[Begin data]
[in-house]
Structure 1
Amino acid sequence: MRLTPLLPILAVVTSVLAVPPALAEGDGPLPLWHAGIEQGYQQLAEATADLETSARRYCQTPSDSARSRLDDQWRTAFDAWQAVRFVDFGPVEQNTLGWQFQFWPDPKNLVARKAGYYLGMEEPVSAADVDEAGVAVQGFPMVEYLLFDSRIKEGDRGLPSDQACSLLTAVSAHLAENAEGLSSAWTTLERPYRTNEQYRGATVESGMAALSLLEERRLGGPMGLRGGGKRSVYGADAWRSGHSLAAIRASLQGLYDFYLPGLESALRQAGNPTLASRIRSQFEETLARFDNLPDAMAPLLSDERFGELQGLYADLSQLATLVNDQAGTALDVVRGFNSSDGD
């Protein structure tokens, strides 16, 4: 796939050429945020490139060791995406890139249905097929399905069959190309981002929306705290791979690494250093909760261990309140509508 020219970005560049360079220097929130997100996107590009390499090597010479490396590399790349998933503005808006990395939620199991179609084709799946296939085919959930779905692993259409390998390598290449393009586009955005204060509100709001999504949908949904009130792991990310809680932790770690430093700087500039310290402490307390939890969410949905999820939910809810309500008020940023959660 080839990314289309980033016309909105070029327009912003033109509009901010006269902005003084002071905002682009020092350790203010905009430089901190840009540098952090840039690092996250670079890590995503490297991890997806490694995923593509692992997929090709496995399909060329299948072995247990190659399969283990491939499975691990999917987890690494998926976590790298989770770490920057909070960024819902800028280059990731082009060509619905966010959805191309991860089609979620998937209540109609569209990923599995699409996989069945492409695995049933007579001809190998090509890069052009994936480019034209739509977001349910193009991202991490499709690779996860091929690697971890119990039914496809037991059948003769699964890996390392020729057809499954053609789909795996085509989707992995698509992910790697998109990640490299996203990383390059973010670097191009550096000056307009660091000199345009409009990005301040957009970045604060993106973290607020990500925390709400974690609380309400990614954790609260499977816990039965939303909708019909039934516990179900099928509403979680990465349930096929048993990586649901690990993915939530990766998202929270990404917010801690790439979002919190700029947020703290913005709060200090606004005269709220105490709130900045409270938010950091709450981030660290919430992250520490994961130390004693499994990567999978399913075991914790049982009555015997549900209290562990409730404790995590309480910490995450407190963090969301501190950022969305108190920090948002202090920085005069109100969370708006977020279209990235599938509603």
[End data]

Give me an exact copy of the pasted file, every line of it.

[in-house]
Structure 1
Amino acid sequence: MRLTPLLPILAVVTSVLAVPPALAEGDGPLPLWHAGIEQGYQQLAEATADLETSARRYCQTPSDSARSRLDDQWRTAFDAWQAVRFVDFGPVEQNTLGWQFQFWPDPKNLVARKAGYYLGMEEPVSAADVDEAGVAVQGFPMVEYLLFDSRIKEGDRGLPSDQACSLLTAVSAHLAENAEGLSSAWTTLERPYRTNEQYRGATVESGMAALSLLEERRLGGPMGLRGGGKRSVYGADAWRSGHSLAAIRASLQGLYDFYLPGLESALRQAGNPTLASRIRSQFEETLARFDNLPDAMAPLLSDERFGELQGLYADLSQLATLVNDQAGTALDVVRGFNSSDGD
């Protein structure tokens, strides 16, 4: 796939050429945020490139060791995406890139249905097929399905069959190309981002929306705290791979690494250093909760261990309140509508 020219970005560049360079220097929130997100996107590009390499090597010479490396590399790349998933503005808006990395939620199991179609084709799946296939085919959930779905692993259409390998390598290449393009586009955005204060509100709001999504949908949904009130792991990310809680932790770690430093700087500039310290402490307390939890969410949905999820939910809810309500008020940023959660 080839990314289309980033016309909105070029327009912003033109509009901010006269902005003084002071905002682009020092350790203010905009430089901190840009540098952090840039690092996250670079890590995503490297991890997806490694995923593509692992997929090709496995399909060329299948072995247990190659399969283990491939499975691990999917987890690494998926976590790298989770770490920057909070960024819902800028280059990731082009060509619905966010959805191309991860089609979620998937209540109609569209990923599995699409996989069945492409695995049933007579001809190998090509890069052009994936480019034209739509977001349910193009991202991490499709690779996860091929690697971890119990039914496809037991059948003769699964890996390392020729057809499954053609789909795996085509989707992995698509992910790697998109990640490299996203990383390059973010670097191009550096000056307009660091000199345009409009990005301040957009970045604060993106973290607020990500925390709400974690609380309400990614954790609260499977816990039965939303909708019909039934516990179900099928509403979680990465349930096929048993990586649901690990993915939530990766998202929270990404917010801690790439979002919190700029947020703290913005709060200090606004005269709220105490709130900045409270938010950091709450981030660290919430992250520490994961130390004693499994990567999978399913075991914790049982009555015997549900209290562990409730404790995590309480910490995450407190963090969301501190950022969305108190920090948002202090920085005069109100969370708006977020279209990235599938509603």